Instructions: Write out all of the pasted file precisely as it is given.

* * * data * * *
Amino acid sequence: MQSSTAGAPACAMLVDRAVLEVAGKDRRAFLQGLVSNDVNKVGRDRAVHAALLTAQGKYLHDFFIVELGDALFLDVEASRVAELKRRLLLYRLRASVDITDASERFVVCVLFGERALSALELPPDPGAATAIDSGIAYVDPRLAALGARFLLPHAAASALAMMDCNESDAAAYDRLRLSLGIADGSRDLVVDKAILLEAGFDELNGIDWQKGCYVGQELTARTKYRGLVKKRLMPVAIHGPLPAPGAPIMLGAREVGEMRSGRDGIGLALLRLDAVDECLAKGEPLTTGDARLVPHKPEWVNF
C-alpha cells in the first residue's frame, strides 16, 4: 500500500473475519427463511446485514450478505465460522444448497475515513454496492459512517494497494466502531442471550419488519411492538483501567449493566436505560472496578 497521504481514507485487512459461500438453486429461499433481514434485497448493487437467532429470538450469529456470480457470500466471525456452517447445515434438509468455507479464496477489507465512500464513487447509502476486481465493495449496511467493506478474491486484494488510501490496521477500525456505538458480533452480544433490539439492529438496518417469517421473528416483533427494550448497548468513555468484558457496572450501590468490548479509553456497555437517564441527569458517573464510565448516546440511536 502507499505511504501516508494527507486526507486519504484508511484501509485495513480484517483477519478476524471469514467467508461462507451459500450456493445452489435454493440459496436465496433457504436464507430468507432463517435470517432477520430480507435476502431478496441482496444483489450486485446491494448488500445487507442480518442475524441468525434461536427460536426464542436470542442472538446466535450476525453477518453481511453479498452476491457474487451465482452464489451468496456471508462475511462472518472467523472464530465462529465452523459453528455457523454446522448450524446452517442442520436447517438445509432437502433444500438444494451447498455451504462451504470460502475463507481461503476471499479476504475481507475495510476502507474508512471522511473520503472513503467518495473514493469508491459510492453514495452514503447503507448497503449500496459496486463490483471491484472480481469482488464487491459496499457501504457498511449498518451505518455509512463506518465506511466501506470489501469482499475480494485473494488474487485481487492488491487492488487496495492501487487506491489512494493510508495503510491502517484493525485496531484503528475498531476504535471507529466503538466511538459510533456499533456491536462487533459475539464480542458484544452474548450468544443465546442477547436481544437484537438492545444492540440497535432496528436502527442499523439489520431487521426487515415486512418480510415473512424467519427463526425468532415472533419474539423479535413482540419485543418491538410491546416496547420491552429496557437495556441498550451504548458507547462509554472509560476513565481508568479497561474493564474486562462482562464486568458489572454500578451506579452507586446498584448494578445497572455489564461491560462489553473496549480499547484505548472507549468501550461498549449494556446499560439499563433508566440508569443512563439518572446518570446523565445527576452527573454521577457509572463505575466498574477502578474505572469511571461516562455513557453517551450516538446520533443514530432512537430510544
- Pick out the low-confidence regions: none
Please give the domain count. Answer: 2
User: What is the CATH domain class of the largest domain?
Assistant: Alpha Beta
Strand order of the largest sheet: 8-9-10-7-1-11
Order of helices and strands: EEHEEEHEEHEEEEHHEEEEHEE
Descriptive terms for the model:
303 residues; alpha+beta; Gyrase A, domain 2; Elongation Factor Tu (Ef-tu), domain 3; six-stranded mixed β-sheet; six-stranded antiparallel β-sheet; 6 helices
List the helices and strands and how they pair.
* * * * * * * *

Amino acid sequence: MQSSTAGAPACAMLVDRAVLEVAGKDRRAFLQGLVSNDVNKVGRDRAVHAALLTAQGKYLHDFFIVELGDALFLDVEASRVAELKRRLLLYRLRASVDITDASERFVVCVLFGERALSALELPPDPGAATAIDSGIAYVDPRLAALGARFLLPHAAASALAMMDCNESDAAAYDRLRLSLGIADGSRDLVVDKAILLEAGFDELNGIDWQKGCYVGQELTARTKYRGLVKKRLMPVAIHGPLPAPGAPIMLGAREVGEMRSGRDGIGLALLRLDAVDECLAKGEPLTTGDARLVPHKPEWVNF
C-alpha cells in the first residue's frame, strides 16, 4: 500500500473475519427463511446485514450478505465460522444448497475515513454496492459512517494497494466502531442471550419488519411492538483501567449493566436505560472496578 497521504481514507485487512459461500438453486429461499433481514434485497448493487437467532429470538450469529456470480457470500466471525456452517447445515434438509468455507479464496477489507465512500464513487447509502476486481465493495449496511467493506478474491486484494488510501490496521477500525456505538458480533452480544433490539439492529438496518417469517421473528416483533427494550448497548468513555468484558457496572450501590468490548479509553456497555437517564441527569458517573464510565448516546440511536 502507499505511504501516508494527507486526507486519504484508511484501509485495513480484517483477519478476524471469514467467508461462507451459500450456493445452489435454493440459496436465496433457504436464507430468507432463517435470517432477520430480507435476502431478496441482496444483489450486485446491494448488500445487507442480518442475524441468525434461536427460536426464542436470542442472538446466535450476525453477518453481511453479498452476491457474487451465482452464489451468496456471508462475511462472518472467523472464530465462529465452523459453528455457523454446522448450524446452517442442520436447517438445509432437502433444500438444494451447498455451504462451504470460502475463507481461503476471499479476504475481507475495510476502507474508512471522511473520503472513503467518495473514493469508491459510492453514495452514503447503507448497503449500496459496486463490483471491484472480481469482488464487491459496499457501504457498511449498518451505518455509512463506518465506511466501506470489501469482499475480494485473494488474487485481487492488491487492488487496495492501487487506491489512494493510508495503510491502517484493525485496531484503528475498531476504535471507529466503538466511538459510533456499533456491536462487533459475539464480542458484544452474548450468544443465546442477547436481544437484537438492545444492540440497535432496528436502527442499523439489520431487521426487515415486512418480510415473512424467519427463526425468532415472533419474539423479535413482540419485543418491538410491546416496547420491552429496557437495556441498550451504548458507547462509554472509560476513565481508568479497561474493564474486562462482562464486568458489572454500578451506579452507586446498584448494578445497572455489564461491560462489553473496549480499547484505548472507549468501550461498549449494556446499560439499563433508566440508569443512563439518572446518570446523565445527576452527573454521577457509572463505575466498574477502578474505572469511571461516562455513557453517551450516538446520533443514530432512537430510544
- Pick out the low-confidence regions: none
Please give the domain count. Answer: 2
User: What is the CATH domain class of the largest domain?
Assistant: Alpha Beta
Strand order of the largest sheet: 8-9-10-7-1-11
Order of helices and strands: EEHEEEHEEHEEEEHHEEEEHEE
Descriptive terms for the model:
303 residues; alpha+beta; Gyrase A, domain 2; Elongation Factor Tu (Ef-tu), domain 3; six-stranded mixed β-sheet; six-stranded antiparallel β-sheet; 6 helices
List the helices and strands and how they pair.